RICHMOND, Va. (WRIC) — On Tuesday, mental health inside Virginia’s jails was the topic of discussion at the State Capitol.
The way Virginia handles the mentally ill behind bars is still fresh on many minds.
“We were all thinking the same thing,” said Public Safety & Homeland Security Deputy Secretary Victoria Cochran. “In light of the Jamycheal Mitchell case, how do we do reviews of deaths in jail in an efficient and productive way?”
Mitchell, 24, had a mental illness. He was arrested for stealing in 2015 and died of starvation at Hampton Roads Regional Jail.
On Tuesday, the Joint Subcommittee to Study Mental Health Services in the Twenty-First Century (Criminal Justice Diversion Work Group) got an update on what the state is doing to address these types of incidents.
Last month, Gov. Terry McAuliffe (D-Virginia) signed legislation authorizing the Board of Corrections to review deaths in jails. It also requires the nine-member board to be made up of people with certain expertise, like mental health.
Cochran said they are currently soliciting applications and hope to have the updated board in place by July 1.
Robyn de Socio, Compensation Board Executive Secretary, also addressed the subcommittee. She spoke about mental health screening of jail inmates in the commonwealth.
“How do we do reviews of deaths in jail in an efficient and productive way?” — Victoria Cochran
Each year, the Compensation Board gives an overview of mental health screenings at jails. In 2016, de Socio said 51 Virginia jails reported screening all inmates at booking, four screened some and three didn’t screen any at booking.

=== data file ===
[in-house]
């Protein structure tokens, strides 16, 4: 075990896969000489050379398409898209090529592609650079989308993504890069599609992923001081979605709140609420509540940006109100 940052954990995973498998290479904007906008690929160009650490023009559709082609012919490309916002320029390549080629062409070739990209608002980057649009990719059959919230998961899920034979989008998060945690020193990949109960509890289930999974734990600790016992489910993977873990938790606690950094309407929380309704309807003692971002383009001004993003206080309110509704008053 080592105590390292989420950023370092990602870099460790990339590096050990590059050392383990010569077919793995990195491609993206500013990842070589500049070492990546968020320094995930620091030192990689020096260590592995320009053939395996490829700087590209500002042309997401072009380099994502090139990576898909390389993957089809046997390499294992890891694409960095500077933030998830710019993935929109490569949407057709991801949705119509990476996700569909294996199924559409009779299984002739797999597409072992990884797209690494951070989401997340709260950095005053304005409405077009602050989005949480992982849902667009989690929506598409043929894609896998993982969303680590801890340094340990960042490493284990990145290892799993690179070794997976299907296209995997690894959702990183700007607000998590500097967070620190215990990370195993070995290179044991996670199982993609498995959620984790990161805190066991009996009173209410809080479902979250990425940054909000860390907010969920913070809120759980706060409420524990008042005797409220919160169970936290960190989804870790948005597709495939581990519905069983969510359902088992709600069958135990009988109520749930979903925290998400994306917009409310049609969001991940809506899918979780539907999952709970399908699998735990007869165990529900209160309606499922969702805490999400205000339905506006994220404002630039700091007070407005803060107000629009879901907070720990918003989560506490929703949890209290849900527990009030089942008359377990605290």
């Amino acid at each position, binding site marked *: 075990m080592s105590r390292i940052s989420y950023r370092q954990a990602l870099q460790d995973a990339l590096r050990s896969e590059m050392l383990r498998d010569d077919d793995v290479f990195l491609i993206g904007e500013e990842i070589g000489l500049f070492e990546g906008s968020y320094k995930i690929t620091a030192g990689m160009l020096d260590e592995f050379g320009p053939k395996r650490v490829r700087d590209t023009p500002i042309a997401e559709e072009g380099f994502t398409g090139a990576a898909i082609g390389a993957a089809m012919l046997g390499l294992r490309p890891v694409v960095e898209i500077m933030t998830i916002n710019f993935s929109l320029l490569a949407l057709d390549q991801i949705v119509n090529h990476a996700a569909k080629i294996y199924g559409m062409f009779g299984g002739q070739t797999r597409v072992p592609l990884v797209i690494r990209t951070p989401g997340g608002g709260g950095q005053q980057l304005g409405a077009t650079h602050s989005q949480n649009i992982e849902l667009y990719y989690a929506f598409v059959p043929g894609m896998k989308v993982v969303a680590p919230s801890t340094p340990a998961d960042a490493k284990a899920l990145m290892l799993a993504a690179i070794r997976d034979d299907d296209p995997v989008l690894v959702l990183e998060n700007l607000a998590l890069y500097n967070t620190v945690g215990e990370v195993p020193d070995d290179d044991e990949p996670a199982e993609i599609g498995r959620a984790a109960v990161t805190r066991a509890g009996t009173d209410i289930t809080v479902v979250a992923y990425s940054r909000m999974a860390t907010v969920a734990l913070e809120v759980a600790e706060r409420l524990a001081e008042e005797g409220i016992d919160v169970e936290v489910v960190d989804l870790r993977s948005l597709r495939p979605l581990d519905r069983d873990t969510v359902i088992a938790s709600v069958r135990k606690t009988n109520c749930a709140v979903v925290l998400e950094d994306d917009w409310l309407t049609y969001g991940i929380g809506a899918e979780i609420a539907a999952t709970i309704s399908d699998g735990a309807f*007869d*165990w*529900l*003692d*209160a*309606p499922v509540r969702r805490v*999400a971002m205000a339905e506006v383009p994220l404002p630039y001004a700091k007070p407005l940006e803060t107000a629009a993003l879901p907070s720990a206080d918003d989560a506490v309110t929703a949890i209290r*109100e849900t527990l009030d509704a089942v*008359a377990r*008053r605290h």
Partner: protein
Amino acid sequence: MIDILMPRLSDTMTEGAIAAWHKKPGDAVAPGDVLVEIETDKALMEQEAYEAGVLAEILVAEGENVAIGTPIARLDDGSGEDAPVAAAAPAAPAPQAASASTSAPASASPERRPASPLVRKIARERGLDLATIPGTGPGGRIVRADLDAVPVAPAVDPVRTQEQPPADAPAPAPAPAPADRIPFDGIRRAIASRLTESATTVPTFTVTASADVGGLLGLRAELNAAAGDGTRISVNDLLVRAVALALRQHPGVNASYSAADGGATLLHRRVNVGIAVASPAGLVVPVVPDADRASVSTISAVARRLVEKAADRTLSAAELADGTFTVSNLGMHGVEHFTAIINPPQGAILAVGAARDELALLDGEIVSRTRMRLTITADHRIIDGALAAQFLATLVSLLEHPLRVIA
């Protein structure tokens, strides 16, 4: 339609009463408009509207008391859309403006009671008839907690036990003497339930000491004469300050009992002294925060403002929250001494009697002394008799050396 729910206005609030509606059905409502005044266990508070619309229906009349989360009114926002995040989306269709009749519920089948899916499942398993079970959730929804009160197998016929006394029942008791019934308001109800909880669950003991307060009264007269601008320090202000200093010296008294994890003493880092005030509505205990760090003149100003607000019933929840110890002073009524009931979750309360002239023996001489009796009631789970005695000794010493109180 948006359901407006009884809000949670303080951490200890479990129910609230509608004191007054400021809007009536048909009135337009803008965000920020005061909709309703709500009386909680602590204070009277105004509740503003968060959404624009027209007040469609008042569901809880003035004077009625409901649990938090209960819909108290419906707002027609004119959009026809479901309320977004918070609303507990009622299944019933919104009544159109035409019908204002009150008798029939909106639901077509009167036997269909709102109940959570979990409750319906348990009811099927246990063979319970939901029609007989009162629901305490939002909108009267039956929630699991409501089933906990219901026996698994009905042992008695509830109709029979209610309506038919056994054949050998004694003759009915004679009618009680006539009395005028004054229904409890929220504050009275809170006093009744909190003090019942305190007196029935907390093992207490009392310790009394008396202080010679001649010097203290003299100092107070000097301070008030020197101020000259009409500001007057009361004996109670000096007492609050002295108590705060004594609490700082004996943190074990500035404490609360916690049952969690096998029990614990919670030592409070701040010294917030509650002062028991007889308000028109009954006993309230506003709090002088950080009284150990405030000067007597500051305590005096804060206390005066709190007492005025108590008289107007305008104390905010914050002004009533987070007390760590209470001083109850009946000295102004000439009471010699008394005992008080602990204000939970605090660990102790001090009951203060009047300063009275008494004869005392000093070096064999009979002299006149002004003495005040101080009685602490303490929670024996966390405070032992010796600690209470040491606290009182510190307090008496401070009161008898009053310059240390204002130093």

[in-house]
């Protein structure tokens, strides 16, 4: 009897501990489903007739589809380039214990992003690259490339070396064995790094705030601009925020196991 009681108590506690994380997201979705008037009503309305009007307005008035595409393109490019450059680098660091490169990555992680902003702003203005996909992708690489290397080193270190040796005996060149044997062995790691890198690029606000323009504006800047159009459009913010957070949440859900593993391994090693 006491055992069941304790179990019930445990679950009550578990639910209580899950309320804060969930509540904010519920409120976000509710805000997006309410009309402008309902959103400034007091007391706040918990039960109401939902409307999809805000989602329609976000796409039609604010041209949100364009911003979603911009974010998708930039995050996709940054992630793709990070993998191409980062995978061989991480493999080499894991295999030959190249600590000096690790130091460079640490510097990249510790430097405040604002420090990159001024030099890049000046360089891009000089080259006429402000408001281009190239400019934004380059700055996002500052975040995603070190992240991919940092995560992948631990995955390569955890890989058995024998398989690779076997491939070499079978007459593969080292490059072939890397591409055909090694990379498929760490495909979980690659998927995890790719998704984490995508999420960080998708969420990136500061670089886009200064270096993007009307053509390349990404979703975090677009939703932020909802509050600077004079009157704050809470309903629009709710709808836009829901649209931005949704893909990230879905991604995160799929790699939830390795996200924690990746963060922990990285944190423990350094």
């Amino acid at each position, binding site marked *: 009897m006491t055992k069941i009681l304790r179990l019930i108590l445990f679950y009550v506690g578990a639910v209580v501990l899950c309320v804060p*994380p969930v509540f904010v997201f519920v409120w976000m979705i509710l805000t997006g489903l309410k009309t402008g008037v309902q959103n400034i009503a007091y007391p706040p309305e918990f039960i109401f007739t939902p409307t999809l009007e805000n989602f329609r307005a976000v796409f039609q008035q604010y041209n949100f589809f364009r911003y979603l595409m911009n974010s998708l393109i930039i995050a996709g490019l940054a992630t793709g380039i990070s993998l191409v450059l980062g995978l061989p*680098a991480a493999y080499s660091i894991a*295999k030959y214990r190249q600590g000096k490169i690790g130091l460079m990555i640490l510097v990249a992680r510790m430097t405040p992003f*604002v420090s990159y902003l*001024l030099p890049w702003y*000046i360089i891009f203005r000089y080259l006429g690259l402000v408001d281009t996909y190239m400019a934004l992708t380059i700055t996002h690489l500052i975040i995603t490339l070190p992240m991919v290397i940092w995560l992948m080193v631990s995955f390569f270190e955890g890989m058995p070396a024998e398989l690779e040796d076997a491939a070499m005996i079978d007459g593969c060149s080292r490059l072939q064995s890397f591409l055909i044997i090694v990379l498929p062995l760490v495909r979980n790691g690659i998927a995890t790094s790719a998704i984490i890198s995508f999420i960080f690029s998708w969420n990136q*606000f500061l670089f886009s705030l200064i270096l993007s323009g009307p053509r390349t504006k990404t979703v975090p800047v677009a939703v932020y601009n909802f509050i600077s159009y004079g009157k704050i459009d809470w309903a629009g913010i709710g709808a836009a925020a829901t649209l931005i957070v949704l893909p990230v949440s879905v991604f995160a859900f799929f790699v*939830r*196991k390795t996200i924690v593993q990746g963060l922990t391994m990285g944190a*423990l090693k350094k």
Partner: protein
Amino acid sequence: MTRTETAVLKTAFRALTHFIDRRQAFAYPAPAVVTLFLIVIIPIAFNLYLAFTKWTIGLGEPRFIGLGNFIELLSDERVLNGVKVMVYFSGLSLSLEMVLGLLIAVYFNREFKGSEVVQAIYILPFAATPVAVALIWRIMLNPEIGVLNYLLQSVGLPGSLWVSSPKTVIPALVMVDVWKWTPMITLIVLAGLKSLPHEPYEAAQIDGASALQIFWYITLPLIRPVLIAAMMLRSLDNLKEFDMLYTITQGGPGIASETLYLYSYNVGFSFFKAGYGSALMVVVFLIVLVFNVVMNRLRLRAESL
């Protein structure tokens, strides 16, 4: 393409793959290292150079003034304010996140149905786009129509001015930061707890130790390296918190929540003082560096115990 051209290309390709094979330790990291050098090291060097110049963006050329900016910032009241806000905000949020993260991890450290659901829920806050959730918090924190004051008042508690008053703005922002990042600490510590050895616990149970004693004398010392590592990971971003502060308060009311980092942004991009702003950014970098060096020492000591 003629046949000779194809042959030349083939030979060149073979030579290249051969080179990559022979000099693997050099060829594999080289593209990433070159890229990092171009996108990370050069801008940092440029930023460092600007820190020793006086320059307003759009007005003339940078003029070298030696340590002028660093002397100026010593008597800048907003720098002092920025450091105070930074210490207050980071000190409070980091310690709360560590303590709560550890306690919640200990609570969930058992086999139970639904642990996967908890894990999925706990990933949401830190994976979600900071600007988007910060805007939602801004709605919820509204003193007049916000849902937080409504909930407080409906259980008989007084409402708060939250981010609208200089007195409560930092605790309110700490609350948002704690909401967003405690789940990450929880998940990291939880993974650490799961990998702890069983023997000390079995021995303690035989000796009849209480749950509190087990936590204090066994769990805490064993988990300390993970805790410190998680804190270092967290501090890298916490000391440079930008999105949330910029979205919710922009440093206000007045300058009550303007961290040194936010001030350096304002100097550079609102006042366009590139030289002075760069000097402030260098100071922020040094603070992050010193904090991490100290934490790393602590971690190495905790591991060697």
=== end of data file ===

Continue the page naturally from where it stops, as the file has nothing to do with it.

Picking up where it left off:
New state language requires two things: First, jails must use validated instruments for their screening process.
The Virginia Department of Behavioral Health & Developmental Services (DBHDS) designated two validated screening instruments: Brief Jail Mental Health Screen and Correctional Mental Health Screen for Women.
In 2016, half the jails reported using the Brief Jail Mental Health Screen. Twelve reported using something else.
The second requirement under the new language is for the Compensation Board to review its jail staffing standards. The review will include an evaluation of the costs and benefits of requiring an assessment within 72 hours of the time of the initial screening (by a qualified mental health professional) of the need for mental health services in cases where the initial screening indicates the person might have a mental illness.
In 2016, 44 jails reported they assessed all inmates who positively screened for mental illness.
“In approximately 40 percent of cases, the screenings are performed by jail officers and not by mental health professionals,” de Socio said of the 2016 data.
The Compensation Board is currently in the process of gathering data for 2017.